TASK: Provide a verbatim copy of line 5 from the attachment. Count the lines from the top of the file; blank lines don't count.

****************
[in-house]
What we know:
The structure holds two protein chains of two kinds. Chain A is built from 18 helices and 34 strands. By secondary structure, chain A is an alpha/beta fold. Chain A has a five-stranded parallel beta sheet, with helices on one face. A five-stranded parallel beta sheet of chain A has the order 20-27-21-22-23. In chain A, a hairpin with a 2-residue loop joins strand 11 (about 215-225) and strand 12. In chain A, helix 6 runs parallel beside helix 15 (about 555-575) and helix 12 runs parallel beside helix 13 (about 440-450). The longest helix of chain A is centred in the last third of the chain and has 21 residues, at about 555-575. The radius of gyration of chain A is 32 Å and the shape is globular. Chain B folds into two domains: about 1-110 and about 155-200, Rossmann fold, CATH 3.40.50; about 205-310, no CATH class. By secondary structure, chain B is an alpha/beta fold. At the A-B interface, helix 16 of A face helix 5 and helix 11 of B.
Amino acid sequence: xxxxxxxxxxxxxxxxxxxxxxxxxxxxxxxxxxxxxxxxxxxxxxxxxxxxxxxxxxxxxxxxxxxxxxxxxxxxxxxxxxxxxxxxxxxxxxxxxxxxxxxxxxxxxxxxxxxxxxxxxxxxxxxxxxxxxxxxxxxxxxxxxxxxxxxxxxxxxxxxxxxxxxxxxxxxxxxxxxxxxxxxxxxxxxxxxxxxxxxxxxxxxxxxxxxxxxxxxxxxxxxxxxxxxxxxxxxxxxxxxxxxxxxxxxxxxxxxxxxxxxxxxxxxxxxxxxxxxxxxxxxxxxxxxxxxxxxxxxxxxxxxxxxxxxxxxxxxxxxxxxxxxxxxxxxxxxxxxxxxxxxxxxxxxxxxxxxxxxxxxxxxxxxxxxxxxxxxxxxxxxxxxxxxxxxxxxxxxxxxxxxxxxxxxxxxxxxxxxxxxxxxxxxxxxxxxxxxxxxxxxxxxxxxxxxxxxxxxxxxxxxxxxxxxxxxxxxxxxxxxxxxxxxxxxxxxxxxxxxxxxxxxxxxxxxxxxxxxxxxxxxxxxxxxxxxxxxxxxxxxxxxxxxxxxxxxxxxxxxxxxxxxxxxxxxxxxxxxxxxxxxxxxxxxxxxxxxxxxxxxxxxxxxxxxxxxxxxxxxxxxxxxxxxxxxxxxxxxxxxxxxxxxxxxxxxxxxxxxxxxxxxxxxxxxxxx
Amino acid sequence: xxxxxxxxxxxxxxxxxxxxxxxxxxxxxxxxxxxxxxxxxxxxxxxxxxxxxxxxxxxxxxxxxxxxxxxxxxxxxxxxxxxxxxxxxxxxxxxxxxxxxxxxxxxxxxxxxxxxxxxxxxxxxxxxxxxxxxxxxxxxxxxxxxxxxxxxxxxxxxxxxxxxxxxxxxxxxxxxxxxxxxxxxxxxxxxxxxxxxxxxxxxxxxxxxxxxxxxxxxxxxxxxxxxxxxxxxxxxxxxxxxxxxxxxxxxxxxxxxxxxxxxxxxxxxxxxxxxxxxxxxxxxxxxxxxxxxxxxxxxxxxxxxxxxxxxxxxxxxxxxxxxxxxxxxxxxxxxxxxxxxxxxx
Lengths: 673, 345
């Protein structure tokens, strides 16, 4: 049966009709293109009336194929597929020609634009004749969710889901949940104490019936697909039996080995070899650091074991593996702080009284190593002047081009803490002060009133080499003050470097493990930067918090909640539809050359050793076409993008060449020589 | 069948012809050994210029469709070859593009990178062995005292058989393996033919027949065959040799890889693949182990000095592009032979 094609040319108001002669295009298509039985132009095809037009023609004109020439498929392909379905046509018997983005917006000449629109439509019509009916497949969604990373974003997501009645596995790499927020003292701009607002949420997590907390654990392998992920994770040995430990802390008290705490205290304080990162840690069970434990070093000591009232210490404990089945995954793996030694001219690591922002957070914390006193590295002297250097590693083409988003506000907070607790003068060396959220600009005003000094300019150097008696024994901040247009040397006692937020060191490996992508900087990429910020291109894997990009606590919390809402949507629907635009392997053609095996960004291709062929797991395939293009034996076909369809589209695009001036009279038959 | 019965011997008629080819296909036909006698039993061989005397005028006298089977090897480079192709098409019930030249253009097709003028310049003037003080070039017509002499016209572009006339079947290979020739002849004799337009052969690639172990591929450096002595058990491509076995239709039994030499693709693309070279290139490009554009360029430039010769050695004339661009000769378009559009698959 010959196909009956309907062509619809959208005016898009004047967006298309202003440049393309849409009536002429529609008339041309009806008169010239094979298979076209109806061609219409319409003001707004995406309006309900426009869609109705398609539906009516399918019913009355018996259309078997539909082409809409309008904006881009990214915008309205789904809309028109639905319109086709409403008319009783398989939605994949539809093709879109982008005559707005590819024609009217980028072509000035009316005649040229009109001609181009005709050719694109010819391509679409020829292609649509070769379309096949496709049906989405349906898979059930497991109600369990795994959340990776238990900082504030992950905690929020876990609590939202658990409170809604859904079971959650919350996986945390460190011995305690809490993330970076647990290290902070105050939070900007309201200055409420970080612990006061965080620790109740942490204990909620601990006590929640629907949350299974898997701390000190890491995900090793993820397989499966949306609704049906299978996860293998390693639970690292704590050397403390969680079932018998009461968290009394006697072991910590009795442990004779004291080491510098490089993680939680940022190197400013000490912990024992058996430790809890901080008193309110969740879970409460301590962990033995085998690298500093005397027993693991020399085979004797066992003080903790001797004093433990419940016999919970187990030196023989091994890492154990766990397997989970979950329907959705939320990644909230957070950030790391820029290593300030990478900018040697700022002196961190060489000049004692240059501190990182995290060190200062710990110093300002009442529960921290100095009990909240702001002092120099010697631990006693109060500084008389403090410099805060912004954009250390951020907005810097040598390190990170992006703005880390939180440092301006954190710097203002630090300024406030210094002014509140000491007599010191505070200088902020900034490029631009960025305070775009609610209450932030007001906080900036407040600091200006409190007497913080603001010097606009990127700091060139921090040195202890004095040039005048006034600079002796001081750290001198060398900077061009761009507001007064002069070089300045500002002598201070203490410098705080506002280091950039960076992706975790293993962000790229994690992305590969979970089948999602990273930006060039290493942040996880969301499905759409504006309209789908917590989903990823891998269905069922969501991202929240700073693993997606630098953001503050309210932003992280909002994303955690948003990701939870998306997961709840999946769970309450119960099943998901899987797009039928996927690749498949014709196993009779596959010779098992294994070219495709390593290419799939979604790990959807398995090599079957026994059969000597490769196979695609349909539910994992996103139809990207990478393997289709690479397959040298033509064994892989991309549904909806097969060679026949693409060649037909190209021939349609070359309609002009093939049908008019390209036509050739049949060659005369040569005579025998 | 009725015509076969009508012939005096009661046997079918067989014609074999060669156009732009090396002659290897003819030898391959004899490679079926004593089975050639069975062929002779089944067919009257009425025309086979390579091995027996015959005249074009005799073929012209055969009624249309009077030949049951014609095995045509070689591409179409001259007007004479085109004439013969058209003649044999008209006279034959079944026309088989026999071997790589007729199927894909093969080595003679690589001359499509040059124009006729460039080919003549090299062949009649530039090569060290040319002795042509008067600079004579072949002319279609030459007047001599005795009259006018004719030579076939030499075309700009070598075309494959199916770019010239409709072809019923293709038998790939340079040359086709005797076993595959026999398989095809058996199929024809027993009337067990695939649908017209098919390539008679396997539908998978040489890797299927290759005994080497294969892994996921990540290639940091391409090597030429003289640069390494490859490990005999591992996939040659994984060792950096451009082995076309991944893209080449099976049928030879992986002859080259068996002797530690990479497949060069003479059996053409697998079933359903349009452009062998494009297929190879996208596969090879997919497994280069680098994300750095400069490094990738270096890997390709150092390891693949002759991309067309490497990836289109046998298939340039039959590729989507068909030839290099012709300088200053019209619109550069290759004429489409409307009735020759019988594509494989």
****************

Amino acid sequence: xxxxxxxxxxxxxxxxxxxxxxxxxxxxxxxxxxxxxxxxxxxxxxxxxxxxxxxxxxxxxxxxxxxxxxxxxxxxxxxxxxxxxxxxxxxxxxxxxxxxxxxxxxxxxxxxxxxxxxxxxxxxxxxxxxxxxxxxxxxxxxxxxxxxxxxxxxxxxxxxxxxxxxxxxxxxxxxxxxxxxxxxxxxxxxxxxxxxxxxxxxxxxxxxxxxxxxxxxxxxxxxxxxxxxxxxxxxxxxxxxxxxxxxxxxxxxxxxxxxxxxxxxxxxxxxxxxxxxxxxxxxxxxxxxxxxxxxxxxxxxxxxxxxxxxxxxxxxxxxxxxxxxxxxxxxxxxxxxxxxxxxxx